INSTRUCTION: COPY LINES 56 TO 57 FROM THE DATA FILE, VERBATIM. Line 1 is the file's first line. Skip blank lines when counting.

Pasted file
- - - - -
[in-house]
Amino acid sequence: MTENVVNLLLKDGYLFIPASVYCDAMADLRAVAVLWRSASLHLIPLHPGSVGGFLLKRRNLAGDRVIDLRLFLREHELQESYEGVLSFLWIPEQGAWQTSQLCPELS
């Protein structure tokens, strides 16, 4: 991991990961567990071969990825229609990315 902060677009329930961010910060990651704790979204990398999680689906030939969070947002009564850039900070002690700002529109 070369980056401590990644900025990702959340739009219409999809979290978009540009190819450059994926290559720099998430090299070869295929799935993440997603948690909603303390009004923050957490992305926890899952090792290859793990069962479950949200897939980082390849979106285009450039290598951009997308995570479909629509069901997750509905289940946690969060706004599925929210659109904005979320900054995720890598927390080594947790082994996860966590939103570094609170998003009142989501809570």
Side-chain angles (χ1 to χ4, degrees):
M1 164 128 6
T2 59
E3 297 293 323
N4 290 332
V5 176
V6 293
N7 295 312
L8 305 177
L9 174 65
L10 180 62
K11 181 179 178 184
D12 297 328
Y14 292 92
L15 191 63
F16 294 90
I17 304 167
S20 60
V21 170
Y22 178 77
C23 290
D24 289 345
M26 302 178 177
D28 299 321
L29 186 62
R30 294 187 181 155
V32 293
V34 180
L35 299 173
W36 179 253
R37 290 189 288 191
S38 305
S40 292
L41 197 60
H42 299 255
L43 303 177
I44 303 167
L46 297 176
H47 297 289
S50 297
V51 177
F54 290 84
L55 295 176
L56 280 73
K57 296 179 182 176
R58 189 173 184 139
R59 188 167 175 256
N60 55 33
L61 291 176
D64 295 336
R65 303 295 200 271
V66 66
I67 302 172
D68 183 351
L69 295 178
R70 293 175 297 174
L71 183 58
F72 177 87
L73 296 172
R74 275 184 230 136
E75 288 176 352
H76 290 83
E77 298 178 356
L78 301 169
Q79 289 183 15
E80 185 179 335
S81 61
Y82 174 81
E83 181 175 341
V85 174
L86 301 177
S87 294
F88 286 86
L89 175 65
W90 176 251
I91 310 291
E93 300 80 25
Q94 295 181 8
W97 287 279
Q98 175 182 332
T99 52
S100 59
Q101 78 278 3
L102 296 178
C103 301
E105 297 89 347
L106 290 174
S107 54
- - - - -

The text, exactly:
I67 302 172
D68 183 351